So to answer your question, I think aid has certainly provided a great deal of life saving support, but then when I look at a lot of other examples, like when I was in Palestine, there's been huge amounts of aid given to Palestine in the last couple of decades, mostly to the Palestinian authority. I think, arguably that's in fact entrenched the occupation even more because it's allowed Israel to not actually take care of people under its occupation. It basically says to the Palestinian authority, which is a corrupt body, to say, "You guys look after all NGOs, look after ..." So the EU gives insane amounts of money every year, so does Australia. Often these infrastructures are destroyed by the Israeli government forces, destroyed by them. I've seen it happening in the West Bank, and the EU's response often is either, "Please don't do that," or it says nothing. This happens time and time again. So you ask yourself, well hang on a minute. Again, that's one example, there are many exceptions. I think aid in Gaza for example, in many cases has been lifesaving. So it's not a black and white issue, but I do think there's a lot of questions about how much aid is either given for the wrong reasons, namely for geopolitical reasons rather than helping people come out of poverty, and there should be more discussion about it.

What you're really arguing for is just a bit of honesty in aid.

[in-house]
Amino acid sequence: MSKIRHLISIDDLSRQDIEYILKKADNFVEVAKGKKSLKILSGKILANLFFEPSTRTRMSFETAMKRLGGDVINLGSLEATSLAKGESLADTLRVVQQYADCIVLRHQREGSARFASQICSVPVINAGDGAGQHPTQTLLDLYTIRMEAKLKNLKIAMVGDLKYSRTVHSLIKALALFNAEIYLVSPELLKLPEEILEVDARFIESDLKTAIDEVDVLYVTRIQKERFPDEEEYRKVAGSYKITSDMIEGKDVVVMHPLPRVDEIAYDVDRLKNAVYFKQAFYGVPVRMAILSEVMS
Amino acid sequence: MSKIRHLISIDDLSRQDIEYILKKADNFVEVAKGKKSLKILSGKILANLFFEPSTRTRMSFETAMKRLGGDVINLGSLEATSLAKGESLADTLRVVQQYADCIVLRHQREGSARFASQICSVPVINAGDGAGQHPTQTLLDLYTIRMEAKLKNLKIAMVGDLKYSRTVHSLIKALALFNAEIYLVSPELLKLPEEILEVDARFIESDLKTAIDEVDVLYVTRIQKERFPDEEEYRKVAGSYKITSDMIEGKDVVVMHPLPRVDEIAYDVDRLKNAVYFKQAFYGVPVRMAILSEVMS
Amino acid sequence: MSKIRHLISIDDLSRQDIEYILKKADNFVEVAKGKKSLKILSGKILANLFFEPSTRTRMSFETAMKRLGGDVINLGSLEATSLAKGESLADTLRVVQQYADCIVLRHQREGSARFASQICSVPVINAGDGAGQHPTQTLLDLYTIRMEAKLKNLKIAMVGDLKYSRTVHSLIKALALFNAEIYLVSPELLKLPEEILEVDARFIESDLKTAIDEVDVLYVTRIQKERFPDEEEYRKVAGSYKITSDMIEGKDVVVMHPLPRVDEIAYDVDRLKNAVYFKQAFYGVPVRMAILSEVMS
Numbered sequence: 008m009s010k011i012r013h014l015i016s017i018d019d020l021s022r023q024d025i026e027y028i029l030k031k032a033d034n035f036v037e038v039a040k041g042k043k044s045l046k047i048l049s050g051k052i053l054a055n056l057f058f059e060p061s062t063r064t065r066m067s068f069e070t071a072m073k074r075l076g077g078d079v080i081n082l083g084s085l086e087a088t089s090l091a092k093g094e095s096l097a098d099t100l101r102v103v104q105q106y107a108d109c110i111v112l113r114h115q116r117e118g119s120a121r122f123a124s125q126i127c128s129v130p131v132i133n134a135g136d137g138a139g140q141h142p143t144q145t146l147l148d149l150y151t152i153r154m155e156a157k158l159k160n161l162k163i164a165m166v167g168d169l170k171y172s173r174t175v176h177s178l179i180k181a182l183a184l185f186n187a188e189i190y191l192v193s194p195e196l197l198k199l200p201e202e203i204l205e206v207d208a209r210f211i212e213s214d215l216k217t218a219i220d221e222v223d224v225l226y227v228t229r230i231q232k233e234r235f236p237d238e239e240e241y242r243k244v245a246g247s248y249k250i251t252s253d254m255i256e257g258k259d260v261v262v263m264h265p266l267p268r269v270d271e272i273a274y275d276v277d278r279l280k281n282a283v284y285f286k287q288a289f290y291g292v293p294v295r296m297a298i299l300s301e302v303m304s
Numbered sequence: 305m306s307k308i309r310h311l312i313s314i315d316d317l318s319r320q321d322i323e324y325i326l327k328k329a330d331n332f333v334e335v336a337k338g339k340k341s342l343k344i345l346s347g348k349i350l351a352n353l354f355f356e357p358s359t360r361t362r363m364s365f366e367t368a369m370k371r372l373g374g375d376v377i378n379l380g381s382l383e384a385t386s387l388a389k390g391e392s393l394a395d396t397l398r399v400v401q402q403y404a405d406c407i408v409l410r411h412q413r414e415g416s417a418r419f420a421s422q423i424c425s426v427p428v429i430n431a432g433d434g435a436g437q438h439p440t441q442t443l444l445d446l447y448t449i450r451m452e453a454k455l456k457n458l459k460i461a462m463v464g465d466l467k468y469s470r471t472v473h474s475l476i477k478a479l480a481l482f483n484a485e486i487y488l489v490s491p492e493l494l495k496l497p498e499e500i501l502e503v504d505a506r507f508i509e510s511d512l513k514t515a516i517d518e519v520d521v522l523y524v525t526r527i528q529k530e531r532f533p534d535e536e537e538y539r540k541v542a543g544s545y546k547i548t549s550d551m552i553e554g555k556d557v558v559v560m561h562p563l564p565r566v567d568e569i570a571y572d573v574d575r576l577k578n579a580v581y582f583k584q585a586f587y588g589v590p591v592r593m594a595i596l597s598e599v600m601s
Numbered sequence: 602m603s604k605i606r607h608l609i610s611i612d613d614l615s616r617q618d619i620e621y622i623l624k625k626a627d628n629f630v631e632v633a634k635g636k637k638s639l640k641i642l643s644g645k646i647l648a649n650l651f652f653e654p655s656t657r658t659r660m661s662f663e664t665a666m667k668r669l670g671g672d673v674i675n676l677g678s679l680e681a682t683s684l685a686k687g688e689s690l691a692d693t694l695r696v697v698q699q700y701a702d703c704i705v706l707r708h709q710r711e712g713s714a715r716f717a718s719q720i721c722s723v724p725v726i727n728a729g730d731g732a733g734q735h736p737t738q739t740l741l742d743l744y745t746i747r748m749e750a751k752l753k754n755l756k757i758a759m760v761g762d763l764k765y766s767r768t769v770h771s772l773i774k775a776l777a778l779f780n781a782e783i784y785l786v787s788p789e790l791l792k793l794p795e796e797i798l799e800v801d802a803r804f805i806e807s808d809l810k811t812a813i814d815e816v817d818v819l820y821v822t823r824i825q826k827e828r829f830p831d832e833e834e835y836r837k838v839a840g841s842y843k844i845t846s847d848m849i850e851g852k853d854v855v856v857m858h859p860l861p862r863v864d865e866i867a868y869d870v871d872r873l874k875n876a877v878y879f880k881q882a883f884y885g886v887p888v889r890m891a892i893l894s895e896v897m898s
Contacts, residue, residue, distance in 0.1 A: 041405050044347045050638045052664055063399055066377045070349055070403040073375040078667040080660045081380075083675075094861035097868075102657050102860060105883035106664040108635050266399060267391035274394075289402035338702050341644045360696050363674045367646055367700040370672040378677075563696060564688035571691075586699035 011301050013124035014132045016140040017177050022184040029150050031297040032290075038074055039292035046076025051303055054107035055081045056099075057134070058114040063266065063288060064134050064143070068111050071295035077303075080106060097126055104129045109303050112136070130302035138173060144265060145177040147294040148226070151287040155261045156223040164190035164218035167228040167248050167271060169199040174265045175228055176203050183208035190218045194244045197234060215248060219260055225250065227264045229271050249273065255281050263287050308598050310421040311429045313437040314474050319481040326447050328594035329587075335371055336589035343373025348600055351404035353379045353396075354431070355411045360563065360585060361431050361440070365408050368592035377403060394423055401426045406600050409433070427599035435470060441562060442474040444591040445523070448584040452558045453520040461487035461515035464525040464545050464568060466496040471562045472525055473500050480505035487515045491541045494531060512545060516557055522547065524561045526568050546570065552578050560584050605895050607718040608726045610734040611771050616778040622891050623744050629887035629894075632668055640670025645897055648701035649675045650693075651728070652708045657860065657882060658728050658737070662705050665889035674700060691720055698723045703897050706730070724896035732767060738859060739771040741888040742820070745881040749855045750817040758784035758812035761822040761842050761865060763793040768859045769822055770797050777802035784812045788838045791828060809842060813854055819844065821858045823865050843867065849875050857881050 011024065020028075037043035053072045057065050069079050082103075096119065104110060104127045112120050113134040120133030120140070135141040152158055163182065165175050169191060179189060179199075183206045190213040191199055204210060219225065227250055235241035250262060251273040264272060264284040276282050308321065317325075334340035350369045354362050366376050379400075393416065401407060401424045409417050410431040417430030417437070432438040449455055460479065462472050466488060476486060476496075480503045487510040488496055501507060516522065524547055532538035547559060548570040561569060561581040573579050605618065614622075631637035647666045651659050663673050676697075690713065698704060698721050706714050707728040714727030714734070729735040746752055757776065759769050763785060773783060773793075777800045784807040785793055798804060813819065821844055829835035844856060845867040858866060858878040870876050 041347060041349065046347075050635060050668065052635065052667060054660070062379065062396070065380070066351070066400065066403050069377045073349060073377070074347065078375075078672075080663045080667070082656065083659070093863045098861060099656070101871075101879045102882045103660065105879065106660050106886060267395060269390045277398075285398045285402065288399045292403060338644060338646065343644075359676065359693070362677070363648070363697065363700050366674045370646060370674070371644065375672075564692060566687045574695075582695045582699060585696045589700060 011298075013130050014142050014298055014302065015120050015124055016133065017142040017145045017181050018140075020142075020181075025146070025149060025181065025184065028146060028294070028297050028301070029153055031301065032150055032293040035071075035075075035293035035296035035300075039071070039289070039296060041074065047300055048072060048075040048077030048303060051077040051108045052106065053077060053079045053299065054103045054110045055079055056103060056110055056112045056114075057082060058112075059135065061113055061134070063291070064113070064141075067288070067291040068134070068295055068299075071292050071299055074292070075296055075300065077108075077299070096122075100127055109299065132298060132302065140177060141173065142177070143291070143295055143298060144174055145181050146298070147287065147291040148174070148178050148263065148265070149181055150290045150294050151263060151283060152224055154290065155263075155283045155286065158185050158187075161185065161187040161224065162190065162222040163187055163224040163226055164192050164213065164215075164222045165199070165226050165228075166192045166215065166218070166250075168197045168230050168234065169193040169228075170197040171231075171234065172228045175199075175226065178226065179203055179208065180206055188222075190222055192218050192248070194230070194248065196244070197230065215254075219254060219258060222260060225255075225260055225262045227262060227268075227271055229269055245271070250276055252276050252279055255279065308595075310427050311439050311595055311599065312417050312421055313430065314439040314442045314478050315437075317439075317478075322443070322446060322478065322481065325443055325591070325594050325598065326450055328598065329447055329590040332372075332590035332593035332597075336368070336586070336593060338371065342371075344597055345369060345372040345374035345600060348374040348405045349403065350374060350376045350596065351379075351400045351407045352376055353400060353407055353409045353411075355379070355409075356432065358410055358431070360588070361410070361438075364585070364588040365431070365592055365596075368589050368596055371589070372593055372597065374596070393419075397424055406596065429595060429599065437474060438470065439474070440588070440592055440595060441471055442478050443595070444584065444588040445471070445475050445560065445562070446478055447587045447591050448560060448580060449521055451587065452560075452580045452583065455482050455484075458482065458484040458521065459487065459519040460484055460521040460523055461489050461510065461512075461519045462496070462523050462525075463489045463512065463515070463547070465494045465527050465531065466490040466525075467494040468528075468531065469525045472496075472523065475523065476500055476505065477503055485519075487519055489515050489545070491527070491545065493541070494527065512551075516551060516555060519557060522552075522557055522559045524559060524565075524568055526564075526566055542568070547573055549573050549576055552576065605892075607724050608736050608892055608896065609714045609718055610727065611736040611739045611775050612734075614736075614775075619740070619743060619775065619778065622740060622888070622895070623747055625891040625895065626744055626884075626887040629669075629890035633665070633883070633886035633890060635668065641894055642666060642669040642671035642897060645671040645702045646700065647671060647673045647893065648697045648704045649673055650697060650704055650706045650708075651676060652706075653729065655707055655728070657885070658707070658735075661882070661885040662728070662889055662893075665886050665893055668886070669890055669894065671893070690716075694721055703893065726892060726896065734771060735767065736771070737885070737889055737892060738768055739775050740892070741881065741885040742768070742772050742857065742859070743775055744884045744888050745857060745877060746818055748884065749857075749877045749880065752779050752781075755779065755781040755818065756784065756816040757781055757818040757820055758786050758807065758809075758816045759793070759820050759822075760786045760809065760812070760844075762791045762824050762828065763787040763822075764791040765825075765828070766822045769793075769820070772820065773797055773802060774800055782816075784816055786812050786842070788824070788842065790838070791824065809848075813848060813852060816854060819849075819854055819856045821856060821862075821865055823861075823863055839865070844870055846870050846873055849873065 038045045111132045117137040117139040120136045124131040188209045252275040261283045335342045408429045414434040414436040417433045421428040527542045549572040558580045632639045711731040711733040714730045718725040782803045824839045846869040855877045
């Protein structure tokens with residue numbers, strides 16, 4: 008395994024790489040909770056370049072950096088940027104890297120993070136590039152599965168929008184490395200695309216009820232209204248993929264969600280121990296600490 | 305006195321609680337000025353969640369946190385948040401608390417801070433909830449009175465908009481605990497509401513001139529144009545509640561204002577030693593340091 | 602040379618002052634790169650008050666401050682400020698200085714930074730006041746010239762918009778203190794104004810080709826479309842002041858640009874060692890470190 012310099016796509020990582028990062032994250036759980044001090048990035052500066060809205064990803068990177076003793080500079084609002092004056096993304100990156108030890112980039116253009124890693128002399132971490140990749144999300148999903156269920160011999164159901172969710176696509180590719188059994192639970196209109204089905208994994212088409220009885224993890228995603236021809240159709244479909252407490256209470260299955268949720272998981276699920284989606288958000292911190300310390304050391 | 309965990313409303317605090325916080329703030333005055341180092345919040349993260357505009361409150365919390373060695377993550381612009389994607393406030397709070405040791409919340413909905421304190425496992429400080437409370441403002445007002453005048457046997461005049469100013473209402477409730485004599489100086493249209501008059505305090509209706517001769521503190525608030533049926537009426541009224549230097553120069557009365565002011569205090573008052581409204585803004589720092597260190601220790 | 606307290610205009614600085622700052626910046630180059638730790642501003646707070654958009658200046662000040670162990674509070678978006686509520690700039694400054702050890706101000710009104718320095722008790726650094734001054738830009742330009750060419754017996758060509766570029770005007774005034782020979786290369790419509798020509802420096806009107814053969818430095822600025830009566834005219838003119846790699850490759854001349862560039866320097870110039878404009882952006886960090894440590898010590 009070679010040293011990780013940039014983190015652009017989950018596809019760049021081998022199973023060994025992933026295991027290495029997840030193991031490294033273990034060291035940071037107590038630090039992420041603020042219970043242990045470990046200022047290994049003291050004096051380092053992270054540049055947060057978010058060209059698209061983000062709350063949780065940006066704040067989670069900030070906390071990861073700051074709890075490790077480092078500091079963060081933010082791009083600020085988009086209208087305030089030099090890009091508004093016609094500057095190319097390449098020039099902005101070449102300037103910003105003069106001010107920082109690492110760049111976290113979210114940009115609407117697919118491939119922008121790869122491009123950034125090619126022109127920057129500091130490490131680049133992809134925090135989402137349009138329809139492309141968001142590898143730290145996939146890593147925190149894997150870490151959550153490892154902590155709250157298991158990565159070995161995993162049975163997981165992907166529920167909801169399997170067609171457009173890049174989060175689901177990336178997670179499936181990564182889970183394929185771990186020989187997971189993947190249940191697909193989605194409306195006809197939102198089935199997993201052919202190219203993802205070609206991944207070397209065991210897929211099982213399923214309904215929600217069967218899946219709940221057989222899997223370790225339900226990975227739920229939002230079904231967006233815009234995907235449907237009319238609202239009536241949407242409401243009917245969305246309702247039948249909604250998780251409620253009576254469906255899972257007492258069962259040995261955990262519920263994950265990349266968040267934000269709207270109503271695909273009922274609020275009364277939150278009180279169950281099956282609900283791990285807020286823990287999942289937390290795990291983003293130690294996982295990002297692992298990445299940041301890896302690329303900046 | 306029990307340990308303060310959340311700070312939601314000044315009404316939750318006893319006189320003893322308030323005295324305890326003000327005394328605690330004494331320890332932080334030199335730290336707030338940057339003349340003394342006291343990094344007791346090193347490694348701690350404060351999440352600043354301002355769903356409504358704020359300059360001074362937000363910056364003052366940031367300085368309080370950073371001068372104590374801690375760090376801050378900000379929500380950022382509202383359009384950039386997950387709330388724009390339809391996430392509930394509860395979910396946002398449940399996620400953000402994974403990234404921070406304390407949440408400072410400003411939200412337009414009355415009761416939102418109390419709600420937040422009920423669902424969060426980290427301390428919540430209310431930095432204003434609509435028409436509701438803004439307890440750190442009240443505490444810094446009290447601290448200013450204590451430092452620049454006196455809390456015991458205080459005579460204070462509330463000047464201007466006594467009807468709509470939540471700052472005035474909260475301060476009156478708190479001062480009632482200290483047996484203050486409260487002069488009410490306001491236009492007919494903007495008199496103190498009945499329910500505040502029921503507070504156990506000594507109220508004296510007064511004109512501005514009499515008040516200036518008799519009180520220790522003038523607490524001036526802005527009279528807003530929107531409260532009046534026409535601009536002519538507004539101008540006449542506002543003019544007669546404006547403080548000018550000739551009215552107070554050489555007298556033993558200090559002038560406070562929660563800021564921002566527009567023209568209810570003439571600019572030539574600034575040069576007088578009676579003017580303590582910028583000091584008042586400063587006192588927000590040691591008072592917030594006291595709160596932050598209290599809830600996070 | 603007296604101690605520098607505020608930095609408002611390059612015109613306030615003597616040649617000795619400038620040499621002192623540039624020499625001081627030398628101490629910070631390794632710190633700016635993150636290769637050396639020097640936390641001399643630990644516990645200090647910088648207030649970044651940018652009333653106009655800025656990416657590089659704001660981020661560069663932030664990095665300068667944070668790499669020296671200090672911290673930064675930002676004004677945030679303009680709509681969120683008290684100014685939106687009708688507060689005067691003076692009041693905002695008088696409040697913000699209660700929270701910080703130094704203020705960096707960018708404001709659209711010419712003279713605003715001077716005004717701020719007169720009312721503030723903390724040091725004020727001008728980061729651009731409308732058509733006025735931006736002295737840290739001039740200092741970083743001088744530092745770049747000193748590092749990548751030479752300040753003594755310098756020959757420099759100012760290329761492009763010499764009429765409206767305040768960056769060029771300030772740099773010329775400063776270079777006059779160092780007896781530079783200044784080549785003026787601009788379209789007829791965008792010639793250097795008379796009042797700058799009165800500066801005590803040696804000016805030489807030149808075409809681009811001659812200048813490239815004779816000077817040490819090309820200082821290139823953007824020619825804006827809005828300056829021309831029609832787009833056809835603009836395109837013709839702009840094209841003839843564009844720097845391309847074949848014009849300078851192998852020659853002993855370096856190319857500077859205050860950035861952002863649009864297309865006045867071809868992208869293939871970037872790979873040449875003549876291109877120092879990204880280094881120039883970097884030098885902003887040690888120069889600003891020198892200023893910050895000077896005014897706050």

A lot more honesty.

Okay, a lot more honesty. You're not disputing the fact that it can be used-

It can.

For geopolitical purposes.

Obviously, I mean that's the nature of-

You say 'obviously,' but we keep going back to, well aid is about alleviating poverty. If we're honest with ourselves, it is about more than just alleviating poverty.

Of course.


Yeah, it's trying to ... Yes, make a political point or curry favour with friends or make new friends, which is not inherently evil. Of course, it's the nature of geopolitics, I get that, but again I think there is a question too often about whether a lot of that money has been spent wisely and simply giving more and more money without really asking those questions in a lot of countries I've spent time in in the last 15 years, I think is foolish. I worry that we're not really learning a lot from those failure because I don't really see much learning from a lot of aid organisations, or the UN, or others, and that worries me. Simply giving more money, or throwing money at a problem, with exceptions, does not generally work, and I've seen that in at least two dozen countries.

We've spoken about the need for more transparency. Antony, you said you think that aid should be more of an election issue, but I wonder if Australians actually care. Many Australians would say, "No, stop aid. We're not interested and we shouldn't be sending all this money overseas," and if you make it more transparent, people will react-

Yeah, and look, I think that's right. It's obviously impossible to say because these things are not generally polled really. Even though it's not really votes, or I don't think it's generally part of election issues, and you're right. I don't think everything should be sort of asked of the population so to speak. I mean, we elect politicians whether we like them or not. There is discussion within the aid world obviously about well-targeted aid, bad program, good program, and that's good. You're right, I mean, a lot of Australians oppose foreign interventions in Middle East wars, doesn't stop Australia getting involved. So there's a lot of issues where the public is right, wrong, and everything in between, and one doesn't always have to have the majority of the population, like a lot of issues, to change a policy, or to influence a policy, but I just would like there to be a lot more interest by first, aid bodies, but secondly, DFAT to actually want to try to explain and justify what they do.